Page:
Bitcoin miners currently hold about 10% of Bitcoin’s current supply – a market share that continues to decline over time.
According to data from IntoTheBlock, Bitcoin miners currently hold less than 2 million BTC in reserve.
That is the lowest amount of Bitcoin held by all tracked mining pools and pools since 2010, following a steady decline over the past decade.
Miners’ reserves are running out
IntoTheBlock data tracks Bitcoin belonging to on-chain addresses of various large miners and mining pools – including Poolin, F2Pool, Binance, Bitfury, and others.
In total, the total reserves were 1.92 million BTC as of October 2. Total reserves fell below 2 million BTC starting around June 13, while the Bitcoin price dropped and major industry players began to debt default.
That doesn’t tell the whole story though: the platform’s data shows that miners’ reserves have been steadily declining since September 2012, from their peak of around 3.1 million BTC. Before 2022, the last time Bitcoin miners held less than this month’s reserves was in February 2010.
Overall, the volatility of miners’ aggregate reserve balances has decreased over time. This may be related to Bitcoin’s supply release schedule. Every four years, the allowance attached to each Bitcoin block is cut in half – meaning that early miners can accumulate and sell the most Bitcoins in the shortest amount of time.
Furthermore, the price of Bitcoin has skyrocketed since its inception, meaning fewer Bitcoins need to be sold over time to cover costs in USD. As a result, miner balances remain above $44 billion in USD — relatively close to the all-time high of $59 billion in April 2021.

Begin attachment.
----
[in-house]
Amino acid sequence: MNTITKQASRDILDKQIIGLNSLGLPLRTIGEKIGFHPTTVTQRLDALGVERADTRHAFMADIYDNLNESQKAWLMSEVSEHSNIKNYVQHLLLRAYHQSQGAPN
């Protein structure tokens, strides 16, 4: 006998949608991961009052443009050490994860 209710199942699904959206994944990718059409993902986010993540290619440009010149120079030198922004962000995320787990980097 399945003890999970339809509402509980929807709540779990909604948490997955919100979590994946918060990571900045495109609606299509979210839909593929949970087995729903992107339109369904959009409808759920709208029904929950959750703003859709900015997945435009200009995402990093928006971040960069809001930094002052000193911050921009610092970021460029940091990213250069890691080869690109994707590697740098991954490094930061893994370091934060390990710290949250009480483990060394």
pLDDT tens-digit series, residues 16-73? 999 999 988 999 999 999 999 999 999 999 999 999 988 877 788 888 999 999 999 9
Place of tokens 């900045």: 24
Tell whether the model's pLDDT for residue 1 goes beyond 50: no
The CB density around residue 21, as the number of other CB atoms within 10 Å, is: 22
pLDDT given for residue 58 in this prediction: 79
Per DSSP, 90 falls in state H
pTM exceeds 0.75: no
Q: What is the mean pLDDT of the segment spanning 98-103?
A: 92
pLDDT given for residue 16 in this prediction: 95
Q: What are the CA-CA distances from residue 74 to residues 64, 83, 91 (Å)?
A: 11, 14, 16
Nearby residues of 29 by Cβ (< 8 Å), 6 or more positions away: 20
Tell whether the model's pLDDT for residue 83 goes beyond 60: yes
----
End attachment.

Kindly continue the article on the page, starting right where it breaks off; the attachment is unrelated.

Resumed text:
Pressure on miners
Despite the decline in both the price and reserves of Bitcoin miners, the network’s hash rate continues to rise to new highs. Improvements in mining technology allow miners to generate hashes that use less energy over time.
But an increased hash rate also means more competition for individual miners. Coupled with the bear market that is wreaking havoc on miner revenue, this year’s environment has proven that it is difficult for miners to stay profitable or even emerge.
Last month, Bitcoin mining company North Compute filed for bankruptcy, revealing up to $500 million in debt. Back in June, public miner Core Scientific sold most of its Bitcoin holdings.
Last week, data from Glassnode showed that miners are still selling around 8000 BTC per month, while long-term holders in general are selling their coins at a loss.